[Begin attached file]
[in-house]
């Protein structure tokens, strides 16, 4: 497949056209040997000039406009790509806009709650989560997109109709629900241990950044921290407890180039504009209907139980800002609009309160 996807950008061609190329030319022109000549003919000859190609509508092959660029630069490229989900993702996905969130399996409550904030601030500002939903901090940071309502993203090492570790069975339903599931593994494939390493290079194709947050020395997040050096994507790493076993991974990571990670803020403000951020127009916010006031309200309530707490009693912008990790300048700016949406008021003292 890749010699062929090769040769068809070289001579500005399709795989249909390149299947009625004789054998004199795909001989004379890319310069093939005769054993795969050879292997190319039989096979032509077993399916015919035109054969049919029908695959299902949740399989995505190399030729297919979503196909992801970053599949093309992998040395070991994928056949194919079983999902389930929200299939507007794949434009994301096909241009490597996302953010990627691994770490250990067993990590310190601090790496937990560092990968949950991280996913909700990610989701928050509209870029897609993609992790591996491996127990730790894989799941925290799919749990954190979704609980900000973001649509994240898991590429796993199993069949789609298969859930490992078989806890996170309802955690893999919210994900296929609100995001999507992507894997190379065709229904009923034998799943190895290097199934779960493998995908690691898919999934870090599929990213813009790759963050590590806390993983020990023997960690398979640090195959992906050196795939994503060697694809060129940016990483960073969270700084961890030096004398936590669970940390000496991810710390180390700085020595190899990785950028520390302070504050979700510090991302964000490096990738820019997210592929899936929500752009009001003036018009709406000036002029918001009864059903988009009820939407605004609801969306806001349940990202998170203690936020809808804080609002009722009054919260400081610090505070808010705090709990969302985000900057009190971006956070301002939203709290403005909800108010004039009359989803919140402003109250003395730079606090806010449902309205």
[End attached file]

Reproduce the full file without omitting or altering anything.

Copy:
[in-house]
């Protein structure tokens, strides 16, 4: 497949056209040997000039406009790509806009709650989560997109109709629900241990950044921290407890180039504009209907139980800002609009309160 996807950008061609190329030319022109000549003919000859190609509508092959660029630069490229989900993702996905969130399996409550904030601030500002939903901090940071309502993203090492570790069975339903599931593994494939390493290079194709947050020395997040050096994507790493076993991974990571990670803020403000951020127009916010006031309200309530707490009693912008990790300048700016949406008021003292 890749010699062929090769040769068809070289001579500005399709795989249909390149299947009625004789054998004199795909001989004379890319310069093939005769054993795969050879292997190319039989096979032509077993399916015919035109054969049919029908695959299902949740399989995505190399030729297919979503196909992801970053599949093309992998040395070991994928056949194919079983999902389930929200299939507007794949434009994301096909241009490597996302953010990627691994770490250990067993990590310190601090790496937990560092990968949950991280996913909700990610989701928050509209870029897609993609992790591996491996127990730790894989799941925290799919749990954190979704609980900000973001649509994240898991590429796993199993069949789609298969859930490992078989806890996170309802955690893999919210994900296929609100995001999507992507894997190379065709229904009923034998799943190895290097199934779960493998995908690691898919999934870090599929990213813009790759963050590590806390993983020990023997960690398979640090195959992906050196795939994503060697694809060129940016990483960073969270700084961890030096004398936590669970940390000496991810710390180390700085020595190899990785950028520390302070504050979700510090991302964000490096990738820019997210592929899936929500752009009001003036018009709406000036002029918001009864059903988009009820939407605004609801969306806001349940990202998170203690936020809808804080609002009722009054919260400081610090505070808010705090709990969302985000900057009190971006956070301002939203709290403005909800108010004039009359989803919140402003109250003395730079606090806010449902309205």